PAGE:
A conversation with Nick Griffin: Economic Development in Downtown LA

Photo credit: Downtown Los Angeles

On January 26, the Bedrosian Center welcomed Nick Griffin to campus for the first Lunch with a Leader of the semester! Lunch with a Leader provides students with the opportunity to hear ideas from local, state, and national leaders as well as share their ideas and gain inspiration for effective governance in an informal setting. Mr. Griffin is the Director of Economic Development for the Downtown Center Business Improvement District (DCBID). He led an insightful discussion and addressed questions about the recent rejuvenation of Downtown LA and the work of the Business Improvement District. 24568065121_b6d57d7b4b

The Downtown Center Business Improvement District is an organization that was chartered by the city but serves as a private non-profit. It is completely funded by business owners within the district boundaries, which include North 1st Street, the I-10, 9th street, and Broadway. Essentially, the BID encompasses the center of downtown, where all the office towers are. There are a few other BIDs throughout the city, including the Art District, Chinatown, and the Fashion District. The goal of the economic development team at DCBID is to foster the growth of Downtown LA through attracting businesses and residents to the area.

Mr. Griffin brings a unique perspective to the BID, as he has held a variety of diverse roles in distinct sectors throughout his career. He grew up in Brooklyn and came to LA to attend UCLA. He kicked off his career working in marketing and business development for film and television companies before transitioning to roles in the technology business. After receiving his MBA at Ohio State, he went into real estate and most recently ended up in his current role in economic development. While it seems like a varied path, each position has helped him develop better ideas for the BID. As Mr. Griffin describes his philosophy, “A lot of value gets created at the intersection of different fields and at the intersection of different ideas.”

This philosophy lends itself particularly well to his intersectoral approach of economic development and his current position at DCBID. He brings a marketing perspective to the BID and taps into sentiments and beliefs about downtown that are already there to encourage economic development and bring those aspirations into tangible growth. He describes his role as “a conduit and connector.” While he does not implement policy, he brings together the real estate interests, the business interests, the community, and the arts and culture sectors. He explains, “All of the different areas that make a city really work, we are instrumental in helping bring those together.”

Mr. Griffin’s economic 24624063726_008ba28cce_cdevelopment strategy focuses on 5 key sectors: office and industry, retail and hospitality, arts and culture, streetscapes and public spaces, and residential. Within each sector, the BID’s strategy involves content, convening, and consulting. It produces content and reports like the Downtown Retail Report to compile and share information to key stakeholders and potential businesses looking to move into the area. It also convenes events and tours of the area for business owners that are structured around the vision that is crafted in the content. Finally, the consulting aspect of its operation is where the rubber hits the road. Mr. Griffin and the BID assist businesses, organizations, and residents who are looking to relocate to the downtown space, as well as restaurateurs and investors who are looking for partners.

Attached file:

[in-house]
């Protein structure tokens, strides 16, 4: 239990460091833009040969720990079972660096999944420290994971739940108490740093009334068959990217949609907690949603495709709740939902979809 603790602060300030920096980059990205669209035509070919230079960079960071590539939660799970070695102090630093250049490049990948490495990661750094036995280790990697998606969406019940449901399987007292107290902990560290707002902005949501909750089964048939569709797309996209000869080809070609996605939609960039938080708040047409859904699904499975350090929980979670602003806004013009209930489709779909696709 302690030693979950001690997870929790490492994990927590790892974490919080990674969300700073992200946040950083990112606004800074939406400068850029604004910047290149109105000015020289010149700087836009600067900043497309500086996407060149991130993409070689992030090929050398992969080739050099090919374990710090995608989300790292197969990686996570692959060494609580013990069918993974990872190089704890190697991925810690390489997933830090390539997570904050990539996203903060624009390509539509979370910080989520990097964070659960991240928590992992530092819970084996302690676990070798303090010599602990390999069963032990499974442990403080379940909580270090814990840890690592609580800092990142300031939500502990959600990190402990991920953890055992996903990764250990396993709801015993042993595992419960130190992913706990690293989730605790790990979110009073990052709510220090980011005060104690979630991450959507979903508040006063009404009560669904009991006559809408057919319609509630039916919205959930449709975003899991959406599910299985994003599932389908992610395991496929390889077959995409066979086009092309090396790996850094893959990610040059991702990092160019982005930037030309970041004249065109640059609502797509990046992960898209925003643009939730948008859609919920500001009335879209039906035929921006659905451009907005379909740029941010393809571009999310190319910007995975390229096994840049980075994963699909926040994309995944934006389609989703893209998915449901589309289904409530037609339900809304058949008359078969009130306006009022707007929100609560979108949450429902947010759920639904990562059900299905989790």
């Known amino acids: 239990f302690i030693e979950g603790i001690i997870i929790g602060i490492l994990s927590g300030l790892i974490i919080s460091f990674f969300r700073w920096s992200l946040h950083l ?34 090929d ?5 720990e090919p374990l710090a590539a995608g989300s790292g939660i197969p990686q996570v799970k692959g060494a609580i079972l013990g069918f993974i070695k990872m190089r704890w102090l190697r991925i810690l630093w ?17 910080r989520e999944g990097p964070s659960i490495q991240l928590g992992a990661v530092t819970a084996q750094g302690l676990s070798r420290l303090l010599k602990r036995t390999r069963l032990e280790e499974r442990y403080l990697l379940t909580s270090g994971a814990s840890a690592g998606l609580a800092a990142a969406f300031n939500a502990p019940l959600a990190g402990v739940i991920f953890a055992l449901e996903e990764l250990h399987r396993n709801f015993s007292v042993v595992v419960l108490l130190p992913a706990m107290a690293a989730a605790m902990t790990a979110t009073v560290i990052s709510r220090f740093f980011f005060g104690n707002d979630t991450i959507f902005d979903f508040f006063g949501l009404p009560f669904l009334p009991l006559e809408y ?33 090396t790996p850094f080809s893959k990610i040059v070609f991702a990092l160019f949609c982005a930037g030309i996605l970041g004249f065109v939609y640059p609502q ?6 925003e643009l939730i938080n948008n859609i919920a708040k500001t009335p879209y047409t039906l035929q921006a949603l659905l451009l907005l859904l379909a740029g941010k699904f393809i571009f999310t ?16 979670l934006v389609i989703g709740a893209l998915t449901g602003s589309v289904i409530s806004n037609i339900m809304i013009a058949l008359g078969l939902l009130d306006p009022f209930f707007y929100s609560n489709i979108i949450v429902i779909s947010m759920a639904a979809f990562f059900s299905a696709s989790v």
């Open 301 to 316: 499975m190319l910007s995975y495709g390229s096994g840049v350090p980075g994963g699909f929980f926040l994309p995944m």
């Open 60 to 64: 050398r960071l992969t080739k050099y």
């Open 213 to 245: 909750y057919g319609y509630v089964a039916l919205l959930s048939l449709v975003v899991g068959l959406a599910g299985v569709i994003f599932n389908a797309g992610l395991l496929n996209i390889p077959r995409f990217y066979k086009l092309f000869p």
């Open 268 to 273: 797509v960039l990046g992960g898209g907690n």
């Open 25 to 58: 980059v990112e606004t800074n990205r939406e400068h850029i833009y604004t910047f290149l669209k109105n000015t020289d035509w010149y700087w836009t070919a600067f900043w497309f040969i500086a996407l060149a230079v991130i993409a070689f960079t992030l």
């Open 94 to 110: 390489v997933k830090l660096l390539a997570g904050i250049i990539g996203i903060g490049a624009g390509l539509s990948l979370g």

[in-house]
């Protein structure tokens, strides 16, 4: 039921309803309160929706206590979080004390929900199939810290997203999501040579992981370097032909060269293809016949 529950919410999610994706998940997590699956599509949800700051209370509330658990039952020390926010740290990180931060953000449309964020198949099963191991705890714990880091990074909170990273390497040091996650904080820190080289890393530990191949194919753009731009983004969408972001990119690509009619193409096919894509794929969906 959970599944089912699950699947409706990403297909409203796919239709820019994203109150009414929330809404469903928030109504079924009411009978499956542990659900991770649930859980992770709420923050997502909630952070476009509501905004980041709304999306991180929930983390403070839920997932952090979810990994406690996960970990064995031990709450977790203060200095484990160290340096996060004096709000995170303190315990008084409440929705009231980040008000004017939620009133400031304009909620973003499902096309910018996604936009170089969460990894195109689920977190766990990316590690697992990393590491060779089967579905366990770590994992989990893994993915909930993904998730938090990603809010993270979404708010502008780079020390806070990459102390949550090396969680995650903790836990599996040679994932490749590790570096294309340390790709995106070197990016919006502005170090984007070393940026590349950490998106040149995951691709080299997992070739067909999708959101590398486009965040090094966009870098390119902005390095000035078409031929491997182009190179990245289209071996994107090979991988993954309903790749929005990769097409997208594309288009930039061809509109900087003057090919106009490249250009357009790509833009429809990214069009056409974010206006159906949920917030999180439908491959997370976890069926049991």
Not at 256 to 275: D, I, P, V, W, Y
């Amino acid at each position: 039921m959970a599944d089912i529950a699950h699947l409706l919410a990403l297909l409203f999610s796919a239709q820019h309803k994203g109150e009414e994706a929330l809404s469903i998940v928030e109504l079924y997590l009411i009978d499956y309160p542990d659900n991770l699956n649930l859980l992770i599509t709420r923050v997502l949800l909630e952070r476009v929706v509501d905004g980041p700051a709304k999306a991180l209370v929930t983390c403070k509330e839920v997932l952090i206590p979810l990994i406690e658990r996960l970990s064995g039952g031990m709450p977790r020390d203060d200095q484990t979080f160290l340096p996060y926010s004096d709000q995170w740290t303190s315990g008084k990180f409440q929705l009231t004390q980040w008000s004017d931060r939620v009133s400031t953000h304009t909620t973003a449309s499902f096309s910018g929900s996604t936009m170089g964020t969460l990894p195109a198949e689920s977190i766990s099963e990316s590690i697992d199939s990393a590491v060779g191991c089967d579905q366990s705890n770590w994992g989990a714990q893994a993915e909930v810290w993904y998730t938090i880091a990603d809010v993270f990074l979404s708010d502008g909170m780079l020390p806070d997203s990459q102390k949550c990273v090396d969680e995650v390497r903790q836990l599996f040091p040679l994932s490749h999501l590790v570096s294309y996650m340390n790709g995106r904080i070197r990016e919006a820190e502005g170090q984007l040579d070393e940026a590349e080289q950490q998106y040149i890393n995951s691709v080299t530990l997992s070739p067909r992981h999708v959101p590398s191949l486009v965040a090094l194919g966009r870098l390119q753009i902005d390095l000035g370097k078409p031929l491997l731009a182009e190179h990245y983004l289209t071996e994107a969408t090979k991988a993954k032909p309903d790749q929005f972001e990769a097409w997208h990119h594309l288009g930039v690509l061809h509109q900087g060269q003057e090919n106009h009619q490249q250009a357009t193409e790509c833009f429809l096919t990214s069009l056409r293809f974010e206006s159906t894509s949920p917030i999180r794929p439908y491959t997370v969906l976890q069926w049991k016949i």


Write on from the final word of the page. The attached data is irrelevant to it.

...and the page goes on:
During the question and answer segment of the lunch, Mr. Griffin discussed a central issue facing the downtown area: homelessness. Homelessness is a complex, multi-faceted issue with a myriad of causes, including substance abuse, domestic issues, mental illness, and unskilled labor. The scale of the problem is increasing quickly in Downtown LA–there has been a large growth in the homeless population, and Skid Row is becoming more concentrated and dense as development pressures on all sides hem it in and exacerbate the issue. One of the roles of D24023463083_0f423d0a42_bCBID is to provide security and maintenance within its boundaries; as a result, the DCBID is often the first point of contact with the homeless. The BID has a partnership with the Chrysalis Center, which works to employ the homeless and provide services to people in need. Mr. Griffin is a self-described optimist. He believes that “when people come together, there is a solution, even for challenging issues.” As constituents become more vested in the solutions, thereby making more money available, Mr. Griffin believes that the type of work that they are doing at the BID can and should raise all people with it, including the homeless. With more value and resources at play, they can launch the kind of solution on the scale that is required.

As Downtown LA continues to grow, Mr. Griffin predicts that people’s conceptions of LA and sentiments of downtown will change. It will become a true urban center that serves as a hub of innovation in the Los Angeles area. As the area is reborn and revitalized, Mr. Griffin hopes to foster the relationship between USC and downtown to find points of interconnection. We enjoyed our discussion with Mr. Griffin and learning about the exciting growth of Downtown LA!

 

“All of the different areas that make a city really work, we are instrumental in helping bring those together.”

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Robyn is a Master of Public Policy candidate at USC Price. As a Graduate Assistant at the Bedrosian Center, she writes about the Center's events and global governance issues.

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